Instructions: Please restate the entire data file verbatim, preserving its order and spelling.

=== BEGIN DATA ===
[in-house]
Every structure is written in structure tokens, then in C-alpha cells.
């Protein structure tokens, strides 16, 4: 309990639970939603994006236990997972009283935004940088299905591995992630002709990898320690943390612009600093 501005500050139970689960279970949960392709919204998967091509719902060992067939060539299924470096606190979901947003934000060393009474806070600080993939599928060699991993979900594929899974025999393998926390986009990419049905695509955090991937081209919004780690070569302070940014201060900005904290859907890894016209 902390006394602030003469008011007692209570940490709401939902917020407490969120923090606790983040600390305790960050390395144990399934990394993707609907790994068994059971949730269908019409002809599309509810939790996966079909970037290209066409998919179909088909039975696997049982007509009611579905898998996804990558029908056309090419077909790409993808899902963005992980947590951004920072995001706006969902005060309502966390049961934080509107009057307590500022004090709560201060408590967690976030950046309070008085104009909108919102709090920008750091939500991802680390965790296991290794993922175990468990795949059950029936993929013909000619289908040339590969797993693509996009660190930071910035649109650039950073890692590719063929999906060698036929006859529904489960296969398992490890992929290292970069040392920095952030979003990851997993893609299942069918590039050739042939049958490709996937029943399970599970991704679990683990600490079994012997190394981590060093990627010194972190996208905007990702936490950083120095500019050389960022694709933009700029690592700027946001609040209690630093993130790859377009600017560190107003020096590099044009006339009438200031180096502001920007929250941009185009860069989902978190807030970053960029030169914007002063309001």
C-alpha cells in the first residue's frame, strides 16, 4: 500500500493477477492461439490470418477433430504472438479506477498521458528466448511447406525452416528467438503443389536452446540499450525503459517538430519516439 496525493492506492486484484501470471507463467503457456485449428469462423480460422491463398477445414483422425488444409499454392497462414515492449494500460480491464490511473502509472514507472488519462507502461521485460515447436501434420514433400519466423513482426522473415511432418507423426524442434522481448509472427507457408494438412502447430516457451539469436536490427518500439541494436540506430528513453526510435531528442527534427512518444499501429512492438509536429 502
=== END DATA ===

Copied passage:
[in-house]
Every structure is written in structure tokens, then in C-alpha cells.
């Protein structure tokens, strides 16, 4: 309990639970939603994006236990997972009283935004940088299905591995992630002709990898320690943390612009600093 501005500050139970689960279970949960392709919204998967091509719902060992067939060539299924470096606190979901947003934000060393009474806070600080993939599928060699991993979900594929899974025999393998926390986009990419049905695509955090991937081209919004780690070569302070940014201060900005904290859907890894016209 902390006394602030003469008011007692209570940490709401939902917020407490969120923090606790983040600390305790960050390395144990399934990394993707609907790994068994059971949730269908019409002809599309509810939790996966079909970037290209066409998919179909088909039975696997049982007509009611579905898998996804990558029908056309090419077909790409993808899902963005992980947590951004920072995001706006969902005060309502966390049961934080509107009057307590500022004090709560201060408590967690976030950046309070008085104009909108919102709090920008750091939500991802680390965790296991290794993922175990468990795949059950029936993929013909000619289908040339590969797993693509996009660190930071910035649109650039950073890692590719063929999906060698036929006859529904489960296969398992490890992929290292970069040392920095952030979003990851997993893609299942069918590039050739042939049958490709996937029943399970599970991704679990683990600490079994012997190394981590060093990627010194972190996208905007990702936490950083120095500019050389960022694709933009700029690592700027946001609040209690630093993130790859377009600017560190107003020096590099044009006339009438200031180096502001920007929250941009185009860069989902978190807030970053960029030169914007002063309001």
C-alpha cells in the first residue's frame, strides 16, 4: 500500500493477477492461439490470418477433430504472438479506477498521458528466448511447406525452416528467438503443389536452446540499450525503459517538430519516439 496525493492506492486484484501470471507463467503457456485449428469462423480460422491463398477445414483422425488444409499454392497462414515492449494500460480491464490511473502509472514507472488519462507502461521485460515447436501434420514433400519466423513482426522473415511432418507423426524442434522481448509472427507457408494438412502447430516457451539469436536490427518500439541494436540506430528513453526510435531528442527534427512518444499501429512492438509536429 502